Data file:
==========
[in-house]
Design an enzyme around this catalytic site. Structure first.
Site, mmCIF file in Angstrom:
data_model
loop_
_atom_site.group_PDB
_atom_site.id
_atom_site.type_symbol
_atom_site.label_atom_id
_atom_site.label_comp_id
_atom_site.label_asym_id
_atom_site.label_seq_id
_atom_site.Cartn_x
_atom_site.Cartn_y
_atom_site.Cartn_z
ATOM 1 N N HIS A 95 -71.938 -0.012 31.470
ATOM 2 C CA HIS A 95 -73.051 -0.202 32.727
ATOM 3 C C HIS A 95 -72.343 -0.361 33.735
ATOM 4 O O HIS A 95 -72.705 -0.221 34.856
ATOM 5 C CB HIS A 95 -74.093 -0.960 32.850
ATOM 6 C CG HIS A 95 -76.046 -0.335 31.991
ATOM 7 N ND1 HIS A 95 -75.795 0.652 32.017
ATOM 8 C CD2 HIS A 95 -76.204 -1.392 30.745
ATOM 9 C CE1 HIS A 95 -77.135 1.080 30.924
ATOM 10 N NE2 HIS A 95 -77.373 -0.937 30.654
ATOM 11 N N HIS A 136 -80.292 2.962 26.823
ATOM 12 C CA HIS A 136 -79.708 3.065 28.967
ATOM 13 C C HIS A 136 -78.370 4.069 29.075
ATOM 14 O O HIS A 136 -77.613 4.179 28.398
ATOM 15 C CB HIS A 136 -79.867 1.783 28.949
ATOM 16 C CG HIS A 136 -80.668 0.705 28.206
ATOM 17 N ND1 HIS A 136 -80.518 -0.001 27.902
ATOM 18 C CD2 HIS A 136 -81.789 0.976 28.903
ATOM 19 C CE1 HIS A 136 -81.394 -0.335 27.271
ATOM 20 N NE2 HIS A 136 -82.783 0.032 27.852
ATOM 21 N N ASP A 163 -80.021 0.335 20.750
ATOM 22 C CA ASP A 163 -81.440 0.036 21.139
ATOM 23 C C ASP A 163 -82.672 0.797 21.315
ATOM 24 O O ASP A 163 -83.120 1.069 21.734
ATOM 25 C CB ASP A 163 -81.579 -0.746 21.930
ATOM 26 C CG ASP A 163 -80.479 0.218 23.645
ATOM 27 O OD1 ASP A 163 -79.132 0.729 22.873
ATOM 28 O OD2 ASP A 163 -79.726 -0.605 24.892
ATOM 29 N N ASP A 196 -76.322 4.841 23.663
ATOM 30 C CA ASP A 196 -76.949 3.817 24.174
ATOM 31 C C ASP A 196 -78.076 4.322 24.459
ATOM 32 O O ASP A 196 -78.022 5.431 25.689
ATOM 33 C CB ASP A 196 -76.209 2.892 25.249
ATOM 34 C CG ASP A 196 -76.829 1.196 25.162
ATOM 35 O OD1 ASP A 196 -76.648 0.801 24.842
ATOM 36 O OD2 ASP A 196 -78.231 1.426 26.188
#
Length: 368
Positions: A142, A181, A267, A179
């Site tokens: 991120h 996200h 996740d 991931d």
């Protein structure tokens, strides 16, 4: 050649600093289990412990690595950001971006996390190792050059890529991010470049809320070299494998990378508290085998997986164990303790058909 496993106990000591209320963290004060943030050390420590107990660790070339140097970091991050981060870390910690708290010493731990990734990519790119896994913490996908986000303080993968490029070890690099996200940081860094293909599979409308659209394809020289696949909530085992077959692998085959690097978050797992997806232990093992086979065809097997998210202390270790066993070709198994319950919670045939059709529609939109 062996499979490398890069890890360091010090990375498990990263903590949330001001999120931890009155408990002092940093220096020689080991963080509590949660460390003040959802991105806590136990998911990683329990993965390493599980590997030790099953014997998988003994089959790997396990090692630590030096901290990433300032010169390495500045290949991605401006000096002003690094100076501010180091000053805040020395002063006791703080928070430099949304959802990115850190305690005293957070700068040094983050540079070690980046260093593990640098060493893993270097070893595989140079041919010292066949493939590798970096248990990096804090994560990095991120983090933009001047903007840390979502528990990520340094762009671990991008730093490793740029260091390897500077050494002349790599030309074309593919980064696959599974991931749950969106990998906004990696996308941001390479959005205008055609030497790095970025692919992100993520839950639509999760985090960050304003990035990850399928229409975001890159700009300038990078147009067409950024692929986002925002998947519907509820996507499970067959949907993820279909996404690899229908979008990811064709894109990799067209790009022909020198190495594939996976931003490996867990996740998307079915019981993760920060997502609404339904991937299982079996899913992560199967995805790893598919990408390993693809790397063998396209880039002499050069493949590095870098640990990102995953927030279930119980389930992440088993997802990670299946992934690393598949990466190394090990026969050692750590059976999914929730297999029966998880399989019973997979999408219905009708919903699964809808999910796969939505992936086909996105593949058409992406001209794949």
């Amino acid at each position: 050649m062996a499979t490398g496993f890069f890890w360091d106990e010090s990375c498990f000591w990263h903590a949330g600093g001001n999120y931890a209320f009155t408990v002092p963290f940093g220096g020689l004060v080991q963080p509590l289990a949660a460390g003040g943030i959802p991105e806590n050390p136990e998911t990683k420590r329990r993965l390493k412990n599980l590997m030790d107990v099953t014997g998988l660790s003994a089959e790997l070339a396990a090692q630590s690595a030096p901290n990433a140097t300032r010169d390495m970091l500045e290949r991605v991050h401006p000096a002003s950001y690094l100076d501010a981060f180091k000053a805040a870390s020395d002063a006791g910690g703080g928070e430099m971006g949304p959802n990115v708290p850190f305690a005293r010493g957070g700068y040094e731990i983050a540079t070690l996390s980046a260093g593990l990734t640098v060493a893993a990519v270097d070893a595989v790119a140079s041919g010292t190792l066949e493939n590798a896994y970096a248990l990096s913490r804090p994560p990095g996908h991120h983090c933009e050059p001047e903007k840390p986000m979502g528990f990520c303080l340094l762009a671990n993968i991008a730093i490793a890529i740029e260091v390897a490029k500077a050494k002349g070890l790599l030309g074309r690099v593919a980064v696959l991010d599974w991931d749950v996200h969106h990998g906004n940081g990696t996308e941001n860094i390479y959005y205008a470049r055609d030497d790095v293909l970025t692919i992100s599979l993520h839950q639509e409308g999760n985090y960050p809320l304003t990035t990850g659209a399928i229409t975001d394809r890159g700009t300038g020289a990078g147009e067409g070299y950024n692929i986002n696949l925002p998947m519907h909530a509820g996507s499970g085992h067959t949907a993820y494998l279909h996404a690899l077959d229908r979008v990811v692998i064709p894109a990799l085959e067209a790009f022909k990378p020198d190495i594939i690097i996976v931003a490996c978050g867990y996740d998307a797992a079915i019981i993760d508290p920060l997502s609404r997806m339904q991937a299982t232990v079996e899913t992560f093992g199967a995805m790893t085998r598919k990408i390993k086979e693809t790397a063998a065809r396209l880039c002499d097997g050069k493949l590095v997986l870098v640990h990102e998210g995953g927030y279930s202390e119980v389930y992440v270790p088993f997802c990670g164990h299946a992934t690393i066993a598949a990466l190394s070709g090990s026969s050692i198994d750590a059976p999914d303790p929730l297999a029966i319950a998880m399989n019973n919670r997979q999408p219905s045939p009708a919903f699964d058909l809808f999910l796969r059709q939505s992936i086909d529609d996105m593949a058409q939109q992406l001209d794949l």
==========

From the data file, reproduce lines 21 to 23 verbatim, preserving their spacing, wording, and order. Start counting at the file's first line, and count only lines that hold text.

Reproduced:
ATOM 6 C CG HIS A 95 -76.046 -0.335 31.991
ATOM 7 N ND1 HIS A 95 -75.795 0.652 32.017
ATOM 8 C CD2 HIS A 95 -76.204 -1.392 30.745